All of our frequently asked questions about our brick limewash concerning neighbors’ opinions, trends, DIY-ability, and why we chose it over paint.
Total slacker status over here, y’all. So many of you have sent me sweet messages for a few weeks congratulating us, and we’ve been so busy that I haven’t even had a chance to share it with you guys…
Our house is in Country Living Magazine this month!
It’s a little bitty feature all about our limewashed brick that we completed last January with Romabio, and it made me remember how many frequently asked questions I get about it from some of you who are considering the limewashing route on your exteriors and brick fireplaces.
It’s been over a year since we limewashed our brick, and we are still totally smitten over it!
So I thought I’d round up all of the FAQs and spill the details, if you ever need help deciding. (This post isn’t sponsored by Romabio or anything like that. I’m just sharing in hopes that it will give y’all some insight.)
1. How do your neighbors feel about your limewashed house?
We’ve had nothing but GREAT responses to our new exterior’s look. We’ve been playing in our yard with the kiddos several times before when neighbors would drive by and roll down their windows to shout, “I love your brick!” So I guess that’s pretty good feedback. 😉
If any of them hate it, they’ve never said anything to us.
The thing is though we live in an old neighborhood where every house is different and there are several painted brick houses already.
Ours is the only one limewashed, but it’s definitely a neighborhood that embraces different styles. That’s something to consider. And absolutely check with your HOA before touching your brick in case their are rules against it.
2. What if I can’t decide whether to limewash or paint our brick?
If you can’t decide which route to take, I highly suggest picking up a quart of Romabio first (you can get it here) and testing it out on a section of your brick to see how you feel. If you don’t love it, there is a 5 day window before the limewash fully calcifies, so you can blast it with a power washer to remove it. Even after that, it can be removed with muriatic acid.
(Fair warning: The limewash can look pink at first before it dries and might need two coats, so consider that before deciding that you hate it.)
You can always limewash and paint your brick later, if your taste changes. But you can’t do it the other way around. Once brick is painted, that’s it. There’s no turning back.
3. Aren’t you afraid limewashing is a trend and it will end up dating your house when it’s no longer in vogue?
Limewash has been around in Europe for centuries. And Romabio manufactures it using authentic Dolomite lime from Italy, so it’s the real deal. It’s “in” right now, but it’s also classic.
Some of my favorite brick houses in some of my favorite upscale neighborhoods in uptown Charlotte have been limewashed for a couple of decades, and I remember even as a kid loving the look of them. (This love of houses I have deep in my heart has been there my entire life, apparently.)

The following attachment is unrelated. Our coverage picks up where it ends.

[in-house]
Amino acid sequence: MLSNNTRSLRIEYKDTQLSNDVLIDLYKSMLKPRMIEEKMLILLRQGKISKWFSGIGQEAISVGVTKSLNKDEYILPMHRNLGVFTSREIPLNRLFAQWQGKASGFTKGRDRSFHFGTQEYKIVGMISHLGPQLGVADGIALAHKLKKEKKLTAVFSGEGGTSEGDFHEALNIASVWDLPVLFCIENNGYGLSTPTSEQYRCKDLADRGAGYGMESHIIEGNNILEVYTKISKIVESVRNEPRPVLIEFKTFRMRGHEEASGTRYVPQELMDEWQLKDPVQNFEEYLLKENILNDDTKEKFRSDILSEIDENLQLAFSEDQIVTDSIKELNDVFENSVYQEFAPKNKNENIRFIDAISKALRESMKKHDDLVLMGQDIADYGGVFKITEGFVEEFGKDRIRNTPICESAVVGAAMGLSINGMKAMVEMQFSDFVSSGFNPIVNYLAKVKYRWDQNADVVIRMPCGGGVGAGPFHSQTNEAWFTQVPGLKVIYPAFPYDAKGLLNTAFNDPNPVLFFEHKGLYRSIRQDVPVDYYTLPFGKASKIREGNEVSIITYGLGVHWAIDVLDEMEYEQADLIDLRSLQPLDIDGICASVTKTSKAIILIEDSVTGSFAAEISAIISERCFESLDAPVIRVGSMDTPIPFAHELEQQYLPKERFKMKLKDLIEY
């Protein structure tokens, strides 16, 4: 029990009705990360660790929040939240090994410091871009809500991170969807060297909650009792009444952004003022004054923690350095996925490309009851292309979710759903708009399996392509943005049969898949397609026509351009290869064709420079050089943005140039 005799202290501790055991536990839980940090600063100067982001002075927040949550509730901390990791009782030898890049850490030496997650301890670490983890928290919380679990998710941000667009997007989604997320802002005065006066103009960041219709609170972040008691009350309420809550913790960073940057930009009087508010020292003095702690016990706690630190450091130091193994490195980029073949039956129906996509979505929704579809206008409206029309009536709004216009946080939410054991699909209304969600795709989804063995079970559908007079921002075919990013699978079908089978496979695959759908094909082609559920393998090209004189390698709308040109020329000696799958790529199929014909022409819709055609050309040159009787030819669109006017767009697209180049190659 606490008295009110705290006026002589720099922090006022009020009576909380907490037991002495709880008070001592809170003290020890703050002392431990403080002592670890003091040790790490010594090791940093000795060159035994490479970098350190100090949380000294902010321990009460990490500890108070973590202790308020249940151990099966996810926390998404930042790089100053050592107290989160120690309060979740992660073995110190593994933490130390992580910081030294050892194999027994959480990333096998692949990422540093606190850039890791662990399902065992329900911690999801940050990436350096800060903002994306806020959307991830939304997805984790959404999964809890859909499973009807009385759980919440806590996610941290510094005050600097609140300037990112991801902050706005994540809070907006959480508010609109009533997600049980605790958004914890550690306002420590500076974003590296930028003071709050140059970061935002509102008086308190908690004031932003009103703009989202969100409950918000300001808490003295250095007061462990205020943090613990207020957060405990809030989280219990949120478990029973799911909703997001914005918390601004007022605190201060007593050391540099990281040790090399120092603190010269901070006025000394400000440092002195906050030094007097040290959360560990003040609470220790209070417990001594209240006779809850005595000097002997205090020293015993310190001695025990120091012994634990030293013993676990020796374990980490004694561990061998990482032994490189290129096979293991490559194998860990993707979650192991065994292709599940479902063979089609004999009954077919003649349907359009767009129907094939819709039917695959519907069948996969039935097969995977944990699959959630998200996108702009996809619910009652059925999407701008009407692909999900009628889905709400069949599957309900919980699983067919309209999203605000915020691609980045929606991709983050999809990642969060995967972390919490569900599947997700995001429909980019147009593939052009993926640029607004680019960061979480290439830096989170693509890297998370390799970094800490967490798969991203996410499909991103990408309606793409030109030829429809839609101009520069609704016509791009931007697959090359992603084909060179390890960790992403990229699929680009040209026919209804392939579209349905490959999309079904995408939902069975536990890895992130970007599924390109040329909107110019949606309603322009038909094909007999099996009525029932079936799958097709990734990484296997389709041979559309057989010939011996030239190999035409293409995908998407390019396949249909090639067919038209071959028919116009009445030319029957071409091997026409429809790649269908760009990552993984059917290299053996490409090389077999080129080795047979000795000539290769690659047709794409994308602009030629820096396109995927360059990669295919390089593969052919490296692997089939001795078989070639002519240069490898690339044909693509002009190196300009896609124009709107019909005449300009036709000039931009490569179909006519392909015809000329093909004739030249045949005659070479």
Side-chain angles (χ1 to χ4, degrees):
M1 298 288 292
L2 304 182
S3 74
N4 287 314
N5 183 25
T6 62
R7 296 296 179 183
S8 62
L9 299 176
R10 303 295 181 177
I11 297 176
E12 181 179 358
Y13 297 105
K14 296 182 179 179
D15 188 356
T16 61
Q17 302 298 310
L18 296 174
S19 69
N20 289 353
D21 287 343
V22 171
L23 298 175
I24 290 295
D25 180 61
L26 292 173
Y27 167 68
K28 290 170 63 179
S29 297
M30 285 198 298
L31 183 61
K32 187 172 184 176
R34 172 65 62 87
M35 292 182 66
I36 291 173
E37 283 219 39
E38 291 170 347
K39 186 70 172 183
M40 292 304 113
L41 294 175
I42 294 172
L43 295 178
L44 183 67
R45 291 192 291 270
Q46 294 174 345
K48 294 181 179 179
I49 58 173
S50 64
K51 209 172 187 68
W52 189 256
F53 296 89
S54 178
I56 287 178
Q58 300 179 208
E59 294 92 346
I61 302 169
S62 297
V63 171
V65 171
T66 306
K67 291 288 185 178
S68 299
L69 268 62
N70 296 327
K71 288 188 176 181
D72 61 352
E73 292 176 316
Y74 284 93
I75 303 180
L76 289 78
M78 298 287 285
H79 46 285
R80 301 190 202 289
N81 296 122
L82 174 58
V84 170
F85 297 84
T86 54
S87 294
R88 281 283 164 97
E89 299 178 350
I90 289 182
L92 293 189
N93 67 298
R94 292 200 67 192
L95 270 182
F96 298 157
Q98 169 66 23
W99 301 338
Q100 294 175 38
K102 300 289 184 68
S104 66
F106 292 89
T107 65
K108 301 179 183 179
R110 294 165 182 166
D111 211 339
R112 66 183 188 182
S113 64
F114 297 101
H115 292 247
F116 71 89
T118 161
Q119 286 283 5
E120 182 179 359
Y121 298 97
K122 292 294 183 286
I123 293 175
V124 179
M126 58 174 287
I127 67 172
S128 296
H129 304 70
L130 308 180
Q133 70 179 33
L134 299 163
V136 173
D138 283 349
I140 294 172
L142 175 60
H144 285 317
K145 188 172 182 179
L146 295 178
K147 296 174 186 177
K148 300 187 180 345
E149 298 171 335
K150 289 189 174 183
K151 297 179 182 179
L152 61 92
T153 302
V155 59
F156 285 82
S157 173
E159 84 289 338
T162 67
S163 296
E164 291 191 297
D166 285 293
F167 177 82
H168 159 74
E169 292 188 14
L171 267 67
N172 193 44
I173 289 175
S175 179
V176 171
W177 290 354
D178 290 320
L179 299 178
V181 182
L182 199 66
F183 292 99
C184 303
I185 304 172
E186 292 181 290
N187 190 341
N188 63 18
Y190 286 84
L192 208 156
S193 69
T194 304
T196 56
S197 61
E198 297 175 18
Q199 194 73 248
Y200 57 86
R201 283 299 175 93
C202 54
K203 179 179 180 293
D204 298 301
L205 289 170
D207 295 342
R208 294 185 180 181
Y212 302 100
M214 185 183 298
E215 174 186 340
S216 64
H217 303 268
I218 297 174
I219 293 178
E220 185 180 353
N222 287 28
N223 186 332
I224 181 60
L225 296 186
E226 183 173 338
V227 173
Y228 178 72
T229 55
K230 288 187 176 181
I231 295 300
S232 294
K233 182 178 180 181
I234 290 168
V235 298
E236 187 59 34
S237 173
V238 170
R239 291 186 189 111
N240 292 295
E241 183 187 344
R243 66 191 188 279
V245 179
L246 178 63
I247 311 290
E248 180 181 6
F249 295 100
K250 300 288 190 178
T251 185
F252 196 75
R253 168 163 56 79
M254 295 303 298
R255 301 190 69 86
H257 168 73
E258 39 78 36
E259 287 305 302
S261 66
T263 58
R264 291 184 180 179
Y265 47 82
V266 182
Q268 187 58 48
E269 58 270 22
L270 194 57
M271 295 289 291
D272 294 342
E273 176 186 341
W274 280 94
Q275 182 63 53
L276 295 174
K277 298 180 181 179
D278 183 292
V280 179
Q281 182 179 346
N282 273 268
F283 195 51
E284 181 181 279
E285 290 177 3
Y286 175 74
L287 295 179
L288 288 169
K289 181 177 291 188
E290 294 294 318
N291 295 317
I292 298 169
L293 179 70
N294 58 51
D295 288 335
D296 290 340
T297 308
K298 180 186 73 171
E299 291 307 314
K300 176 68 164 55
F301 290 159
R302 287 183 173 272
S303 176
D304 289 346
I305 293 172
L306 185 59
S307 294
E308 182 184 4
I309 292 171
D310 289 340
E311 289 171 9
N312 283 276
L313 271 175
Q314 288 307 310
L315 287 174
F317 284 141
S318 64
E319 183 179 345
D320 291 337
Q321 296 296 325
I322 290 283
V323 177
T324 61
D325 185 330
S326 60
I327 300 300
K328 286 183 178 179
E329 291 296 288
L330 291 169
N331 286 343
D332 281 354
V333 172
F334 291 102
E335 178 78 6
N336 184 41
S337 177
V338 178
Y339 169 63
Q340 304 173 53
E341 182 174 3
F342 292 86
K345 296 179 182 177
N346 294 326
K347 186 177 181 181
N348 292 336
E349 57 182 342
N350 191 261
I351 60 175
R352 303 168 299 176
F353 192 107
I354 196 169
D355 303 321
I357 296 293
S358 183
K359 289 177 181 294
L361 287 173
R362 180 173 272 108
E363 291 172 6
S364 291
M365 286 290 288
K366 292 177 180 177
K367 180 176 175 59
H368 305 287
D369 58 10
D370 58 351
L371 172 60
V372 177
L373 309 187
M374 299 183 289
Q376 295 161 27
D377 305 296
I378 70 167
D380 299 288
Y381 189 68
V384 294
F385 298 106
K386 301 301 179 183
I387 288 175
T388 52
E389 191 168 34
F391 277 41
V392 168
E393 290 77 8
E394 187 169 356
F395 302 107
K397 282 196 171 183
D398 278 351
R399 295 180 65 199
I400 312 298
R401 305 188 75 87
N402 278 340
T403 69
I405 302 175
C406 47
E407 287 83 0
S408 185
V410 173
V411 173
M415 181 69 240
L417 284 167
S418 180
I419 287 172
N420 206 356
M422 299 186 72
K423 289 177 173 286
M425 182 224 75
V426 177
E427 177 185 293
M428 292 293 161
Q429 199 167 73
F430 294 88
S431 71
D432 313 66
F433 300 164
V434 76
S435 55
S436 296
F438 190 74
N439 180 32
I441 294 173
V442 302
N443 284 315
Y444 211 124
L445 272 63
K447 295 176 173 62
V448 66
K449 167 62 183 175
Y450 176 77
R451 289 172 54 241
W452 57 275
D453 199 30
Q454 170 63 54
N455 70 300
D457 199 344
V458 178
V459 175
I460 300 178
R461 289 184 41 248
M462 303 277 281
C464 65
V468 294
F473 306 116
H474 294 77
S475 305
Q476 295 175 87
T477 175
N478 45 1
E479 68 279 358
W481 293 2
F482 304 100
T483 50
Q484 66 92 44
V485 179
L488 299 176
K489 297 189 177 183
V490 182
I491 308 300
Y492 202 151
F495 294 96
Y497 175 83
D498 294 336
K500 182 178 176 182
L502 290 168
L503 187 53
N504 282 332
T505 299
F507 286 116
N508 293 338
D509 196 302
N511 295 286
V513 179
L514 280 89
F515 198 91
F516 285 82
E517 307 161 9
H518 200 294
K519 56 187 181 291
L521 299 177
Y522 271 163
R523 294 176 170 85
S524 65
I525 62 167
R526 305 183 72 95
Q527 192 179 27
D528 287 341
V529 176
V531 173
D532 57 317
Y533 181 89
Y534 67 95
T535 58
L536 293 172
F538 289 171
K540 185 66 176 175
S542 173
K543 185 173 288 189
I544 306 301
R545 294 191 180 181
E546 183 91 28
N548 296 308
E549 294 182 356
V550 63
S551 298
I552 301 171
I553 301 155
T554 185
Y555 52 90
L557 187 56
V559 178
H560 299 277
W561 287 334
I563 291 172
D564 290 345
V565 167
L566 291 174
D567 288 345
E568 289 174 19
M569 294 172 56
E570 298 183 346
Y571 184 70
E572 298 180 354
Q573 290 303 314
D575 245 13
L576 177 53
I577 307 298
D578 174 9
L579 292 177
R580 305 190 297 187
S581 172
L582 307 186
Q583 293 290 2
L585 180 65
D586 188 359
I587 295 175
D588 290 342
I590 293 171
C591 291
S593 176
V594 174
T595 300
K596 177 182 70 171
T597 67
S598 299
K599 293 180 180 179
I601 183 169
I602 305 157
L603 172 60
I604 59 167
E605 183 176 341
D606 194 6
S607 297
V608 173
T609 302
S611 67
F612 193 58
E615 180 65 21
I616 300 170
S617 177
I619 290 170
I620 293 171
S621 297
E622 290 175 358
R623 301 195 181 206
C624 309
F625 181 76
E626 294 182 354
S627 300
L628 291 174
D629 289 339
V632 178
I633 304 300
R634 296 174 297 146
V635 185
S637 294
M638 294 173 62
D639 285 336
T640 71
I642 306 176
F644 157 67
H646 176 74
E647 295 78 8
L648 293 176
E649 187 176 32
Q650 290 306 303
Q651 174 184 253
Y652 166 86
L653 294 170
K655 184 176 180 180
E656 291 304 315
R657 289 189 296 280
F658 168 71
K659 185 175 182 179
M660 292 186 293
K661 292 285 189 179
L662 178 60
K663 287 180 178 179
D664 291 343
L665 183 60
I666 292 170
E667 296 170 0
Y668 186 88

4. Is limewashing DIYable or do you have to hire out?
On a small scale, it is totally DIYable! I managed to limewash both of our fireplaces on my own in an afternoon, and I absolutely love how both of them turned out! You can find video tutorials to follow here.
As for the exterior of your home, I think it all depends on the size of your house and how confident you feel in your artistic abilities.
We chose to hire Hans from Reflections of Italy to limewash our house for a lot of reasons, but mainly…
1. Safety. We have a nearly 3,000 square foot two story home, and the last thing we wanted to do was fall off of a tall ladder and severely hurt ourselves.
2. Time. With our young family having to juggle full-time jobs and babysitting for a little one, it just wasn’t feasible. Hans spent weeks perfecting this job.
3. Skill. I can distress furniture like there’s no tomorrow and am no stranger to painting many things myself, but there is major artistic skill involved with limewashing a brick exterior. Even hiring a professional painter might be risky because limewashing isn’t the same as painting brick.
Hans is an artisan trained in Italy, and he studied the architecture of our house to decide where the limewash would have weathered naturally with the elements. He told me he’s had to fix limewashing jobs done by professional painters before because they remove the limewash to look like a scantron bubble sheet and it looks too intentional and “polka-dot like”. So that’s something to think about too.
Robert and I are all about saving money where we can and doing DIY jobs to stay within a reasonable budget, but there are just some instances where you get what you pay for. And this is one of them.
I hope that helps some of you who have gone back and forth at the thought of limewashing your brick. We couldn’t be happier with ours.
I am absolutely amazed at all of the gorgeous limewash jobs I’ve seen pop up all over Instagram this past year and don’t think this style is going anywhere any time soon. There aren’t many “trends” that stay, but I think this is one of them because it has timeless roots.
If you think of any other questions, feel free to drop them in the comments!